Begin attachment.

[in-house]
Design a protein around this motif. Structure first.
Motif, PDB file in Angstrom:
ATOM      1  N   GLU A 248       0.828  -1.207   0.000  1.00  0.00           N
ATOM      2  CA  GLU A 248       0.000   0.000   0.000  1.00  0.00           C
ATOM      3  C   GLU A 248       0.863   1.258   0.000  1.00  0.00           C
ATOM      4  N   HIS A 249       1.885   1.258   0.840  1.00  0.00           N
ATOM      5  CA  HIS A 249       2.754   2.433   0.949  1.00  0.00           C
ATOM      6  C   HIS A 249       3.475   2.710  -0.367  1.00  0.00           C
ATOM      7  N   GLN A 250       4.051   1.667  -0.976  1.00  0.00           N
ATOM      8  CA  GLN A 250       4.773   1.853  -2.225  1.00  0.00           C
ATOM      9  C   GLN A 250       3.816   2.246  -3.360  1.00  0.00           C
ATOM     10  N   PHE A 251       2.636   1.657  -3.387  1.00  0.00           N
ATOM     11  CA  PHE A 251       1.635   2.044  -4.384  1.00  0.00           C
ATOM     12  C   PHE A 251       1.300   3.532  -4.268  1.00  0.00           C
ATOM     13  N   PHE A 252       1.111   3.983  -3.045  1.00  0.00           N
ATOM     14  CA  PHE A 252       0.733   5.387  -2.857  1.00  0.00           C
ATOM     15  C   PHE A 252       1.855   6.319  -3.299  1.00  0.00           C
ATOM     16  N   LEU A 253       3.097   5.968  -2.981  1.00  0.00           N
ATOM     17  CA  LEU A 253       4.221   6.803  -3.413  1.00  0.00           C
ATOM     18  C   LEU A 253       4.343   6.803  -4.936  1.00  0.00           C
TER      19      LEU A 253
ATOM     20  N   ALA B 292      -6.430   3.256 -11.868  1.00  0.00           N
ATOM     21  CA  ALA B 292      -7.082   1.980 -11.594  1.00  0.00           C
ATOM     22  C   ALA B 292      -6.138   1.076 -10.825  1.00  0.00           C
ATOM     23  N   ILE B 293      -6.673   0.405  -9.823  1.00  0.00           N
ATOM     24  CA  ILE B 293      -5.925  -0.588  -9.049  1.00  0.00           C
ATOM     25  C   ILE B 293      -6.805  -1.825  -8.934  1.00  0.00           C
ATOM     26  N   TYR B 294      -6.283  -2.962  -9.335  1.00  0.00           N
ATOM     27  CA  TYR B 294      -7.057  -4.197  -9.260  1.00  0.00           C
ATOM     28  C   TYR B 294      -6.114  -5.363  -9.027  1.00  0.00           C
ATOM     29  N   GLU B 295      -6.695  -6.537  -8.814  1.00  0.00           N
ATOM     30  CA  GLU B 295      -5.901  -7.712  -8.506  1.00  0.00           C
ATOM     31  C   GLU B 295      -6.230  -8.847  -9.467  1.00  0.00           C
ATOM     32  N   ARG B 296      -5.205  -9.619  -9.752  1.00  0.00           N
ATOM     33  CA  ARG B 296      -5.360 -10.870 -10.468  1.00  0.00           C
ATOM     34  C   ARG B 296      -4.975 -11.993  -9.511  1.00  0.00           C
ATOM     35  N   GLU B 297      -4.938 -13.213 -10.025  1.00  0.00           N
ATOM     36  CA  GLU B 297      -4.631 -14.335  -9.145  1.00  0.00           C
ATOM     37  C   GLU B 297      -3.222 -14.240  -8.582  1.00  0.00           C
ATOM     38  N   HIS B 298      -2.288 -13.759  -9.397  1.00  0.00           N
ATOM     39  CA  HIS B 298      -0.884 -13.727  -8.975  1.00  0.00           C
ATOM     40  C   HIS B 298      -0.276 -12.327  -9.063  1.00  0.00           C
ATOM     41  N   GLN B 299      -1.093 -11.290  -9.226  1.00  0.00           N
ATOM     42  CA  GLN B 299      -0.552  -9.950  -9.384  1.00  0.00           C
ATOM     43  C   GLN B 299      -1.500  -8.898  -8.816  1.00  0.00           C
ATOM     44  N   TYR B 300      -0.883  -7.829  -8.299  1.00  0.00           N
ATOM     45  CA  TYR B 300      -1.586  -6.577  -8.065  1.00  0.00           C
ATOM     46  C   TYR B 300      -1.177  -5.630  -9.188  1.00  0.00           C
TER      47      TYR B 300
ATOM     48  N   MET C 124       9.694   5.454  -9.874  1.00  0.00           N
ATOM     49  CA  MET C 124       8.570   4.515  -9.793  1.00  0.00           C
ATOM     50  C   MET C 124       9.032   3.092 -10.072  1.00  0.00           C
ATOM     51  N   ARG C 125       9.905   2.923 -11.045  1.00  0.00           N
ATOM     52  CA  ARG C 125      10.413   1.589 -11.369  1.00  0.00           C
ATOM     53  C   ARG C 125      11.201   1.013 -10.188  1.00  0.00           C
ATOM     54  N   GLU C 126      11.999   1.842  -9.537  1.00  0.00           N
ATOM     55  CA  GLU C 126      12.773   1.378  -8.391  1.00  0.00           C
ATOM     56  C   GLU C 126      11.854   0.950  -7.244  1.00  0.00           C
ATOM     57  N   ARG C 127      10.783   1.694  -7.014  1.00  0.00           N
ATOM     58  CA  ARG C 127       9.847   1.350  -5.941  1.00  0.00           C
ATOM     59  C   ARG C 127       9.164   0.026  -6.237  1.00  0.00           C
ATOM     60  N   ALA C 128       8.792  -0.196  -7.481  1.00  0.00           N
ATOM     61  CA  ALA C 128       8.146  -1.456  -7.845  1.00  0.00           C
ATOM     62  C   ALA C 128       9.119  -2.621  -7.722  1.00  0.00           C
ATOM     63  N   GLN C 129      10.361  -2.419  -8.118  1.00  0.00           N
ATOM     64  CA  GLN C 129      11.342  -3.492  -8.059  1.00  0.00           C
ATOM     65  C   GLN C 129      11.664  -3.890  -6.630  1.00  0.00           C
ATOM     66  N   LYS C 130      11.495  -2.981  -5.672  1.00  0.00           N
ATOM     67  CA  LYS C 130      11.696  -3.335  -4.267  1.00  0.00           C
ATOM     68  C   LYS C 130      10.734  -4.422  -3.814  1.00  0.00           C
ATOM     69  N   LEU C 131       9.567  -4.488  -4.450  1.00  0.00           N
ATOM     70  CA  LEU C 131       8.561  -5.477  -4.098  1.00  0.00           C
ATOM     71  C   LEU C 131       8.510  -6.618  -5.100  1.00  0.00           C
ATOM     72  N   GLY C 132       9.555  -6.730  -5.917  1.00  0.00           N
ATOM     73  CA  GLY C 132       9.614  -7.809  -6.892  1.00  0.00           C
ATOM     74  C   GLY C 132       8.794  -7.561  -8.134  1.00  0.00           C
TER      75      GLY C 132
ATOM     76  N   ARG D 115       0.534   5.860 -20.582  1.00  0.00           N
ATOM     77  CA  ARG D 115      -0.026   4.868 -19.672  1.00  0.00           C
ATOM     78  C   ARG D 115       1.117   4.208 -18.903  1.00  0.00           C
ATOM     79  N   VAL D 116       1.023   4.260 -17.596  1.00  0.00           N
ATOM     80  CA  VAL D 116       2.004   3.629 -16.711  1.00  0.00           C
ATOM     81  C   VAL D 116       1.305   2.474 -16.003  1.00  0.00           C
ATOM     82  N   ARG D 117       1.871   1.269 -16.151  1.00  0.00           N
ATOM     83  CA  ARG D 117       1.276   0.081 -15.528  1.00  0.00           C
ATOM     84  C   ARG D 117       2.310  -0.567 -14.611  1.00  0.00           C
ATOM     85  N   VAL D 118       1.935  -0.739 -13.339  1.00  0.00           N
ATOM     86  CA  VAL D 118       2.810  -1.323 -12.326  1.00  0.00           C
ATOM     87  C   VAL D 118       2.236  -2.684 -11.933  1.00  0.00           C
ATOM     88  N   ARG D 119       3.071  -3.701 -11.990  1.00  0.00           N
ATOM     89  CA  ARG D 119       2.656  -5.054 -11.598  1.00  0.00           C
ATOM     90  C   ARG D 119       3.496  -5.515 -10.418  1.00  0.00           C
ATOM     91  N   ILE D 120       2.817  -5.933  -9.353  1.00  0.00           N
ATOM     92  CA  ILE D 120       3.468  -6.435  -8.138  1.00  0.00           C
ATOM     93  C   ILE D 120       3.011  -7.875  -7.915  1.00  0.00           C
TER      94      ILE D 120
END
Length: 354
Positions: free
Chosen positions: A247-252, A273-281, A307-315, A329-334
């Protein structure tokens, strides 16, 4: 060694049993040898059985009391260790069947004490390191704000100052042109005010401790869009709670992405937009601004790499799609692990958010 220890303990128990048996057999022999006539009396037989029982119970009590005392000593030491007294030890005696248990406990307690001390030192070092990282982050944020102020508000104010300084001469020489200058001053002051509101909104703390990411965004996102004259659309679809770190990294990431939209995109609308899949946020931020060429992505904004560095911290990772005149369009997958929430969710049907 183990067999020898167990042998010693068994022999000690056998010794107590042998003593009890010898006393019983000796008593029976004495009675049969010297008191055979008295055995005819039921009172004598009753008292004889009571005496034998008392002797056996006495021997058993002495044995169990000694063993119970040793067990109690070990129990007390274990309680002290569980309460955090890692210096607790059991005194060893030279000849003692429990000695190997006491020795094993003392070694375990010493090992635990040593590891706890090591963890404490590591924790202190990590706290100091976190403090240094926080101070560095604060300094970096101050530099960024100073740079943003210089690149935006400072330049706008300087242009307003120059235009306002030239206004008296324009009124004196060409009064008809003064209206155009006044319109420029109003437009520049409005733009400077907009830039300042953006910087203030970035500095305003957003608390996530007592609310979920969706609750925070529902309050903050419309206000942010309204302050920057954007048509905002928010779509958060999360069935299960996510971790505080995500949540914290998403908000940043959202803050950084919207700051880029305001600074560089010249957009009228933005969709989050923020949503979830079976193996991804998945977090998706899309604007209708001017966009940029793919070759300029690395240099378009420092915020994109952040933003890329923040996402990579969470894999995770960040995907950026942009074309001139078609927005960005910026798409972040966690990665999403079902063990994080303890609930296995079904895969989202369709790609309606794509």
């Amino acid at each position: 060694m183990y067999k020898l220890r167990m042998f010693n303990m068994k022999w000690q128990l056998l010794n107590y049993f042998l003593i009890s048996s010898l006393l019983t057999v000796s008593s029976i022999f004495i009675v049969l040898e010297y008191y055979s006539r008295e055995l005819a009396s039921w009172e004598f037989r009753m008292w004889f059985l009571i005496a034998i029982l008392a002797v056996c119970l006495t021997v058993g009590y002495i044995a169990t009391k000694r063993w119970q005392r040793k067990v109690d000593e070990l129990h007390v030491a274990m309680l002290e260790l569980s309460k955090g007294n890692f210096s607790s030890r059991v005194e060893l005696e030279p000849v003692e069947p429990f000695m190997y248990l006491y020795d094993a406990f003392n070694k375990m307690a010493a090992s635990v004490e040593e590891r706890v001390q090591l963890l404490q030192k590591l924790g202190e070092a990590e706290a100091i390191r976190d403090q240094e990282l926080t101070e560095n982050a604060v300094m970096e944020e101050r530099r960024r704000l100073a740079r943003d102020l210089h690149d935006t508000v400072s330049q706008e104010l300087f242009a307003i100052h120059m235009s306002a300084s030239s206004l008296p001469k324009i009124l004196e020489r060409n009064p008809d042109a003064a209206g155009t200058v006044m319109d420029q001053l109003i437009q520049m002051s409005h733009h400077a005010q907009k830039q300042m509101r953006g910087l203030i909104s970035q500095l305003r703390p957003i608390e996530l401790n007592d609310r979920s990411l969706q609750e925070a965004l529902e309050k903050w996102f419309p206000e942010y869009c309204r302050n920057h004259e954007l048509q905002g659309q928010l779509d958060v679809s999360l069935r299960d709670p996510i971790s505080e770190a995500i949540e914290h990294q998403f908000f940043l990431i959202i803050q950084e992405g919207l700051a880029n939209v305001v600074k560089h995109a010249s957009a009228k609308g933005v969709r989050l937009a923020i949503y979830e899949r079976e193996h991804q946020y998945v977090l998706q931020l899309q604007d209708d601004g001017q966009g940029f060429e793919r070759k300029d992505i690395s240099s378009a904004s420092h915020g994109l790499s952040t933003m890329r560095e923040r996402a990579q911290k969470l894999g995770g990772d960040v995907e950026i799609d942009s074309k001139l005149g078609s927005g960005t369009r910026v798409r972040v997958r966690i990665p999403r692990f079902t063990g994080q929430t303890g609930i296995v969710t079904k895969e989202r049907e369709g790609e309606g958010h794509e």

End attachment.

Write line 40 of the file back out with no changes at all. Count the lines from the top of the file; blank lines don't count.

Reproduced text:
ATOM     37  C   GLU B 297      -3.222 -14.240  -8.582  1.00  0.00           C